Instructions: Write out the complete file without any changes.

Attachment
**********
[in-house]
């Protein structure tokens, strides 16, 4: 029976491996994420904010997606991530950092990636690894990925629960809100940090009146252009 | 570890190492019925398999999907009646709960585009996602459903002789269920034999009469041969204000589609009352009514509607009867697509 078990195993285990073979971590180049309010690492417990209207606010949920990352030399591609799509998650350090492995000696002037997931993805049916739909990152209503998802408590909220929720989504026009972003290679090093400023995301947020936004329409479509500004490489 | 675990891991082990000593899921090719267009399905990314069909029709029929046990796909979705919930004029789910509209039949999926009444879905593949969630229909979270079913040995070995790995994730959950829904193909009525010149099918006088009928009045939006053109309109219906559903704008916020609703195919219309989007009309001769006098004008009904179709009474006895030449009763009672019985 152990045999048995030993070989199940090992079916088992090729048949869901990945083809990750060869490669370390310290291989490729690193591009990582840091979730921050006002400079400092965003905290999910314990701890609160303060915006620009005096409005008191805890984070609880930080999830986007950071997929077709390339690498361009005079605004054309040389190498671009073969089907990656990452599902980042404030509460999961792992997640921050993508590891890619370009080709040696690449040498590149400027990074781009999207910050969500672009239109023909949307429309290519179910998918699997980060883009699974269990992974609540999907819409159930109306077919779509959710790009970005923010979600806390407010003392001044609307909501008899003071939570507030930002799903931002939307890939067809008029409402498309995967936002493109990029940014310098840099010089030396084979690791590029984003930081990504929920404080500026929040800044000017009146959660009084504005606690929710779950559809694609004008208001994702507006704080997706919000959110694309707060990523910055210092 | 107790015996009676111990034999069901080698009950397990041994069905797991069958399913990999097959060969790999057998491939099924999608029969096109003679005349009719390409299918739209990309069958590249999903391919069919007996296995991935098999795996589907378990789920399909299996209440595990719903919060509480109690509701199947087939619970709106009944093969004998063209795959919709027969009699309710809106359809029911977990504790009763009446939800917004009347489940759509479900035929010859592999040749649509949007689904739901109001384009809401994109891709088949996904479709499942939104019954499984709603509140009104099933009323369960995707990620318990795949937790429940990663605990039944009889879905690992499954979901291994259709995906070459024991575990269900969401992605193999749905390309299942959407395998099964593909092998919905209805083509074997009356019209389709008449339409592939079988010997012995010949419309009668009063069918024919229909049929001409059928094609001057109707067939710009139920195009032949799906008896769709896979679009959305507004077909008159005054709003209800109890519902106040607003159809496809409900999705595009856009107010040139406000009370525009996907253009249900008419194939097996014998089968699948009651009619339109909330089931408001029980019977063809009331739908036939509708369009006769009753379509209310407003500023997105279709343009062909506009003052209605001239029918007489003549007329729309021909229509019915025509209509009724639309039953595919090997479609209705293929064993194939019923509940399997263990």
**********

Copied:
[in-house]
């Protein structure tokens, strides 16, 4: 029976491996994420904010997606991530950092990636690894990925629960809100940090009146252009 | 570890190492019925398999999907009646709960585009996602459903002789269920034999009469041969204000589609009352009514509607009867697509 078990195993285990073979971590180049309010690492417990209207606010949920990352030399591609799509998650350090492995000696002037997931993805049916739909990152209503998802408590909220929720989504026009972003290679090093400023995301947020936004329409479509500004490489 | 675990891991082990000593899921090719267009399905990314069909029709029929046990796909979705919930004029789910509209039949999926009444879905593949969630229909979270079913040995070995790995994730959950829904193909009525010149099918006088009928009045939006053109309109219906559903704008916020609703195919219309989007009309001769006098004008009904179709009474006895030449009763009672019985 152990045999048995030993070989199940090992079916088992090729048949869901990945083809990750060869490669370390310290291989490729690193591009990582840091979730921050006002400079400092965003905290999910314990701890609160303060915006620009005096409005008191805890984070609880930080999830986007950071997929077709390339690498361009005079605004054309040389190498671009073969089907990656990452599902980042404030509460999961792992997640921050993508590891890619370009080709040696690449040498590149400027990074781009999207910050969500672009239109023909949307429309290519179910998918699997980060883009699974269990992974609540999907819409159930109306077919779509959710790009970005923010979600806390407010003392001044609307909501008899003071939570507030930002799903931002939307890939067809008029409402498309995967936002493109990029940014310098840099010089030396084979690791590029984003930081990504929920404080500026929040800044000017009146959660009084504005606690929710779950559809694609004008208001994702507006704080997706919000959110694309707060990523910055210092 | 107790015996009676111990034999069901080698009950397990041994069905797991069958399913990999097959060969790999057998491939099924999608029969096109003679005349009719390409299918739209990309069958590249999903391919069919007996296995991935098999795996589907378990789920399909299996209440595990719903919060509480109690509701199947087939619970709106009944093969004998063209795959919709027969009699309710809106359809029911977990504790009763009446939800917004009347489940759509479900035929010859592999040749649509949007689904739901109001384009809401994109891709088949996904479709499942939104019954499984709603509140009104099933009323369960995707990620318990795949937790429940990663605990039944009889879905690992499954979901291994259709995906070459024991575990269900969401992605193999749905390309299942959407395998099964593909092998919905209805083509074997009356019209389709008449339409592939079988010997012995010949419309009668009063069918024919229909049929001409059928094609001057109707067939710009139920195009032949799906008896769709896979679009959305507004077909008159005054709003209800109890519902106040607003159809496809409900999705595009856009107010040139406000009370525009996907253009249900008419194939097996014998089968699948009651009619339109909330089931408001029980019977063809009331739908036939509708369009006769009753379509209310407003500023997105279709343009062909506009003052209605001239029918007489003549007329729309021909229509019915025509209509009724639309039953595919090997479609209705293929064993194939019923509940399997263990």